Assuming that mudflow is similar to fluid flow, a fluid flow model creates the prediction model of mudflow movement. The simple fluid flow model proposed by Argentini [3] is used for the cellular automata that are proposed here. This model is useful for visualization of fluid flow phenomena with some parameters such as volume, velocity and obstacle avoidance. This model cannot be used for mudflow simulation because it does not handle viscosity and thermal parameter. The other model is lava flow model proposed by Vicari [4] that is based on a cellular automata approach. This model is better model for representation of hot mudflow because it can treat the parameters, volume, velocity, viscosity and thermal situations. The cellular automata approach can visualize hot mudflow disaster in free-space area. It, however, is necessary to add some additional approaches for visualization of the actual conditions those are not only natural conditions but also human factor parameters such as dike, building and road. Thus a combination of Argentini's and Vicari's models is proposed. It should be a better prediction model of hot mudflow spreading with a consideration of the human factors. Due to the fact that the Argentini's model uses limited integer state and Vicari's model uses floating point state, the proposed model uses a discrete model with floating points.

The proposed model uses cellular automata with stochastic lattice Boltzmann, neighbor weight-moment to determine direction of mudflow movement and Navier Stroke approach to calculate volume of mudflow movement. On precursor model, we can visualize mudflow movement like a combination between fluid flow and lava flow models. Although the model has a good visualization capability of mudflow movement, we have to add some properties, map data and rules to make it better to show the actual condition that have some obstacles like dikes and building. The proposed prediction model is to inform of where some inundated locations are. It will be used to restrain geological impact of hot mudflow disaster. We use some basic parameters of dynamic system to simulate prediction model. That is an approximation model to describe actual model for representation of actual situations. We use ASTER (Advanced Spaceborne Thermal Emission and Reflection)/DEM (Digital Elevation Model) data for landscape map of the disaster area and its surroundings on some periods in order to show how the prediction results and the actual situations differ. Also prediction accuracy of the proposed method is compared to the some other fluid flow model with the reference to the ASTER/DEM derived elevation as a true landscape map.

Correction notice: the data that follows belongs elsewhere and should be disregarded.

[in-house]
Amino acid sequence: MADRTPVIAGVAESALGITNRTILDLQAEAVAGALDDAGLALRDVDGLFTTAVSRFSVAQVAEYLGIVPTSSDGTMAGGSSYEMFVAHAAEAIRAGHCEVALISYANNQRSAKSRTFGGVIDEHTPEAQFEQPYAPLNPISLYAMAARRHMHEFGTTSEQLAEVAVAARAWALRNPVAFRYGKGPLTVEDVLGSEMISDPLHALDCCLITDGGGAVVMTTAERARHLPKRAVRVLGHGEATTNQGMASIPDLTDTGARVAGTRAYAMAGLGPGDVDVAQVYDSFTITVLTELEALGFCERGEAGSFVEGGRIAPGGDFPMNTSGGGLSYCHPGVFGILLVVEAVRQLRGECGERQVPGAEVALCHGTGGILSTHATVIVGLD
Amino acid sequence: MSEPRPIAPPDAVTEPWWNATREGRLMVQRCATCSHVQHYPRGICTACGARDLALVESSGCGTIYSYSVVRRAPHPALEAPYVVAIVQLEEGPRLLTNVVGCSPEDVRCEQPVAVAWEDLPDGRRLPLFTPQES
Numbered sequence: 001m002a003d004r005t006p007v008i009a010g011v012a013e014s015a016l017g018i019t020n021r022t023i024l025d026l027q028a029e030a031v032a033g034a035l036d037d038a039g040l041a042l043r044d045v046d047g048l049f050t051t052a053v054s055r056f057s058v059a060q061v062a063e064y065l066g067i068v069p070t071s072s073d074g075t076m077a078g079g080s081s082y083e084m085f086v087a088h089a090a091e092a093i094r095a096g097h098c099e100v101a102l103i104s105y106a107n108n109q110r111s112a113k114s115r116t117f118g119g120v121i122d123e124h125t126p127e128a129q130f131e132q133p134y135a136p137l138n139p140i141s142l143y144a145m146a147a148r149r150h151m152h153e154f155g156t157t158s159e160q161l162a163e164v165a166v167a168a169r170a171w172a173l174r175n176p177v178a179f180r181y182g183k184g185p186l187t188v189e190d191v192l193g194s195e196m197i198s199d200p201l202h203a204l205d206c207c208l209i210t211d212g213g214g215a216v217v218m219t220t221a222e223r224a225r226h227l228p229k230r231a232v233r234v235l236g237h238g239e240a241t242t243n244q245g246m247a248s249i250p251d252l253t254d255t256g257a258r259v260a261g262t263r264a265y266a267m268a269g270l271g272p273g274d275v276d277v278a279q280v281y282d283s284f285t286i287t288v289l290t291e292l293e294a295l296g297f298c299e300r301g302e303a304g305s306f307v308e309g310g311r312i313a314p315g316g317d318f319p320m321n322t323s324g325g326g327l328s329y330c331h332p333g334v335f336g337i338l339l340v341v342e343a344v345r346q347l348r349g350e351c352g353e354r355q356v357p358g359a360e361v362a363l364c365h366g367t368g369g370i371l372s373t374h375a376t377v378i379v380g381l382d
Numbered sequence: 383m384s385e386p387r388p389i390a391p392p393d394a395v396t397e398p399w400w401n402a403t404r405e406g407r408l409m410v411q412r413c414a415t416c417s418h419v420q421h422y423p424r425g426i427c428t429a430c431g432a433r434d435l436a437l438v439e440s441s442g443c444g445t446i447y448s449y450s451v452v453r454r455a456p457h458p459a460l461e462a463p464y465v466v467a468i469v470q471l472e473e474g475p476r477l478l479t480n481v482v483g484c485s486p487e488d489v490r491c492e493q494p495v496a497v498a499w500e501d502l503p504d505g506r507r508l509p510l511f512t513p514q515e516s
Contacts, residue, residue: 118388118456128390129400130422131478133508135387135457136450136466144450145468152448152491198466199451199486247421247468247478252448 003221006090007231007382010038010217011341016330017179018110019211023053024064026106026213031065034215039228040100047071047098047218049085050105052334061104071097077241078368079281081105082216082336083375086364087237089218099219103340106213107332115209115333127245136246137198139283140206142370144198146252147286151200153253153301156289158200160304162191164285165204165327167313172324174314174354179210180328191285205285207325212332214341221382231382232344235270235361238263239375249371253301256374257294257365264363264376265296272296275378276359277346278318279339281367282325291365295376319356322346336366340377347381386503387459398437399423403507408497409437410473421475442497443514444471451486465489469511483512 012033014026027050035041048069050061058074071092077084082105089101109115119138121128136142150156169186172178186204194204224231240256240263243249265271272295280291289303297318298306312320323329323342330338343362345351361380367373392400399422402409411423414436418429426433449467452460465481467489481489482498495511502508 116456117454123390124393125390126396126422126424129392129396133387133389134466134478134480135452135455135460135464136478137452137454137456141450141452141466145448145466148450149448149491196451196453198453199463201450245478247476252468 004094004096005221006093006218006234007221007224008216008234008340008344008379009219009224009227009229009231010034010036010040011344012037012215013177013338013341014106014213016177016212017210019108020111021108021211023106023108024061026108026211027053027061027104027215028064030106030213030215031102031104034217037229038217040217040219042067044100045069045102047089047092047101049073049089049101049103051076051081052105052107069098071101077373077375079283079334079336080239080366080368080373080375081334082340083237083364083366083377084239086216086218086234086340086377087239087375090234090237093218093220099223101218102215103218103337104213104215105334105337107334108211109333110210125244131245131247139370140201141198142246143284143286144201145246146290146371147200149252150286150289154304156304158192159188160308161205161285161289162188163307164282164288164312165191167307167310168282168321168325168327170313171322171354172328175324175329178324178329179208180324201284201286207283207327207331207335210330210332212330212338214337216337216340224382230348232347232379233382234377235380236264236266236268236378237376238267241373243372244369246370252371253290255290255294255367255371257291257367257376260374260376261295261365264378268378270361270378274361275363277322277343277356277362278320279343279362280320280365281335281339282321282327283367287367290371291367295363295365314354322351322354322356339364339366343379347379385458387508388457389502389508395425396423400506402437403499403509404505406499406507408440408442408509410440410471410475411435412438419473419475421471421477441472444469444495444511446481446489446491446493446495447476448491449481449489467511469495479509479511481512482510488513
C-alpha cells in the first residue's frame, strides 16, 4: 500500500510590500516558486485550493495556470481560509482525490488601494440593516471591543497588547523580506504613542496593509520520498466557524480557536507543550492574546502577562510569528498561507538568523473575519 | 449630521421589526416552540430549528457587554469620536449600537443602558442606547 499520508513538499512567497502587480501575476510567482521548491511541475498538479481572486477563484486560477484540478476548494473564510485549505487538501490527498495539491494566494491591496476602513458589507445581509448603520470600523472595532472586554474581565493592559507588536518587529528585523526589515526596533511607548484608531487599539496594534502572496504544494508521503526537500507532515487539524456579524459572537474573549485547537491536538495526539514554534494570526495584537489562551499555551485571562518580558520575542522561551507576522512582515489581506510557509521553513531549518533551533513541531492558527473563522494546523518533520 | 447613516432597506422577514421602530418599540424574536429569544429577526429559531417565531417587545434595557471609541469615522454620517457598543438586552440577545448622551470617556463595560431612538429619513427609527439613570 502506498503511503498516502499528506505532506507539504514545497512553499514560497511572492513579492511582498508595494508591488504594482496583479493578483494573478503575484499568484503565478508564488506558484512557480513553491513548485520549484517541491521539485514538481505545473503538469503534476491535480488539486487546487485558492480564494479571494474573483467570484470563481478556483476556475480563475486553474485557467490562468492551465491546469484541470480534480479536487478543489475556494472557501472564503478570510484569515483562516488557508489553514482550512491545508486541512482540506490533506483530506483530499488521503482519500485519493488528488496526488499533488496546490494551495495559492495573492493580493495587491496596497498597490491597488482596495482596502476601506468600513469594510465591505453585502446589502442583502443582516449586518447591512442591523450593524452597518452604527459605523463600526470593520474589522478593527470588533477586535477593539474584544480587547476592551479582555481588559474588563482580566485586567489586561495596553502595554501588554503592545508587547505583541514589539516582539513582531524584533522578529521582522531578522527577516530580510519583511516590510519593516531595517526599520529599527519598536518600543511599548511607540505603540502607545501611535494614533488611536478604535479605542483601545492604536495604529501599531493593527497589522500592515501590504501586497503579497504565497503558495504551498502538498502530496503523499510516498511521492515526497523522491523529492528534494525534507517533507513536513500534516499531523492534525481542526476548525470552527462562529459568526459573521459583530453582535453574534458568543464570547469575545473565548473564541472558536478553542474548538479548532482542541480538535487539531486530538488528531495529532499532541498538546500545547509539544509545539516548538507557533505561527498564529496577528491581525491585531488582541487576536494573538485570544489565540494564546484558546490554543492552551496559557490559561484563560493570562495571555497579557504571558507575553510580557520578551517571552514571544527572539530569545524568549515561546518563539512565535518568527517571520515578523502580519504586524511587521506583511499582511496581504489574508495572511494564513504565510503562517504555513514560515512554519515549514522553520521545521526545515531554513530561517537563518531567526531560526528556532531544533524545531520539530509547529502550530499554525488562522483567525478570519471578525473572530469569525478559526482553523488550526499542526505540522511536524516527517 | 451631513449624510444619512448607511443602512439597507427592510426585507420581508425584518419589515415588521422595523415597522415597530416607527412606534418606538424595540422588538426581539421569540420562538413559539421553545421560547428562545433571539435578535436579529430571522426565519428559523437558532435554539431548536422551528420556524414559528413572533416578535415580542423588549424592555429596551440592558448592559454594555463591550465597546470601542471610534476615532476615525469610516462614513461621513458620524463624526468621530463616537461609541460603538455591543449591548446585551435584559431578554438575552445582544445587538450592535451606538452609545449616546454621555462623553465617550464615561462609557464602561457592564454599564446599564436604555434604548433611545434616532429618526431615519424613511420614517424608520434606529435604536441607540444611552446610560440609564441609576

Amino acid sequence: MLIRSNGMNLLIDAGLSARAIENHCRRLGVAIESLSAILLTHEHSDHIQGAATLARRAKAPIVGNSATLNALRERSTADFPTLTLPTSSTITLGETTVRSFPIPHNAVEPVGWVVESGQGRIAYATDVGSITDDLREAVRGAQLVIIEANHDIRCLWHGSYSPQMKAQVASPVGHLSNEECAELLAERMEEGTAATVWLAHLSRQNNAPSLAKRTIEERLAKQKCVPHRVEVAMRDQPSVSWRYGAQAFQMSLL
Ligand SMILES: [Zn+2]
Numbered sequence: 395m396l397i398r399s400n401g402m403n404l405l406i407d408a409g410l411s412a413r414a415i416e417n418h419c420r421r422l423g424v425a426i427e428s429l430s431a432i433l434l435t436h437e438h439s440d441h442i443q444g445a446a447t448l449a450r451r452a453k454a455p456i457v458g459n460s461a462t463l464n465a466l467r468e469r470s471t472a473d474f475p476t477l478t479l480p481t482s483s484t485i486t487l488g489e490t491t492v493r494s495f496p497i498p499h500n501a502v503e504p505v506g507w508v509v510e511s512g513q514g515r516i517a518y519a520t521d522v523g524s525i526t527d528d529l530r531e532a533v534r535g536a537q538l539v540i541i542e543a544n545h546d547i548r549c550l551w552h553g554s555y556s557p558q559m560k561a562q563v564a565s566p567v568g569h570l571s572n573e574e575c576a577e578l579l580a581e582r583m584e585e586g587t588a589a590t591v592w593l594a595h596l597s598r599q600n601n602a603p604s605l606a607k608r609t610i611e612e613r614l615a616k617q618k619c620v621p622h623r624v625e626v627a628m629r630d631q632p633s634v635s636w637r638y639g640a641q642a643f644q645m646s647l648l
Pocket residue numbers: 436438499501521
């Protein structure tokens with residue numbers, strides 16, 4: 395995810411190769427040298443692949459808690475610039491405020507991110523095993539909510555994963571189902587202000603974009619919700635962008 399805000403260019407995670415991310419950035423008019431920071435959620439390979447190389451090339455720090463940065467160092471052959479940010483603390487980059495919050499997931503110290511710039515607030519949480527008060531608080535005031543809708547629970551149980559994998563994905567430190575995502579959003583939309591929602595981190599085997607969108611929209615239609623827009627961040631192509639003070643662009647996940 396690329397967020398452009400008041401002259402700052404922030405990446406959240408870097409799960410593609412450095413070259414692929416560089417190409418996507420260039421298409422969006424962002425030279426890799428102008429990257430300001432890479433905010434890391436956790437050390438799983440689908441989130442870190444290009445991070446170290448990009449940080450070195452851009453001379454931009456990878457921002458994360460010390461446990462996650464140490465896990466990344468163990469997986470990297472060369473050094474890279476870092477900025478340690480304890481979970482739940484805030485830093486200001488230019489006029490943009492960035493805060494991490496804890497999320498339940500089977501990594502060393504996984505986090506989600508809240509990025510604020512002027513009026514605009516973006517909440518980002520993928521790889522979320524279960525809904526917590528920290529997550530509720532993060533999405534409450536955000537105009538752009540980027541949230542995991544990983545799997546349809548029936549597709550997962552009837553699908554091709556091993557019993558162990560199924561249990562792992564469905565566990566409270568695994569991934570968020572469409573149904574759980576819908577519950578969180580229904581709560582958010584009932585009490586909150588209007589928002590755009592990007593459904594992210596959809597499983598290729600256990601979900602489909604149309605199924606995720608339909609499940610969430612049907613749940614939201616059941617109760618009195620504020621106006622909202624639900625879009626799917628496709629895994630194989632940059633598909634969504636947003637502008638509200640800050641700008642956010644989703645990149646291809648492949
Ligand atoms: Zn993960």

2. Theoretical Background

2.1. Cellular Automata

Cellular automata (CA) are a set of array of automata called cell. They interact one to another cells. Array model of CA is expressed with one-dimensional shape, two-dimensional (2D) model grids, or three-dimensional (3D) solids as are shown in 3. Almost all the cells are aligned at the simple lattice points, but are aligned in a complicated form like honeycomb in other rules. Finally, CA is a simple model to describe the complex system of life.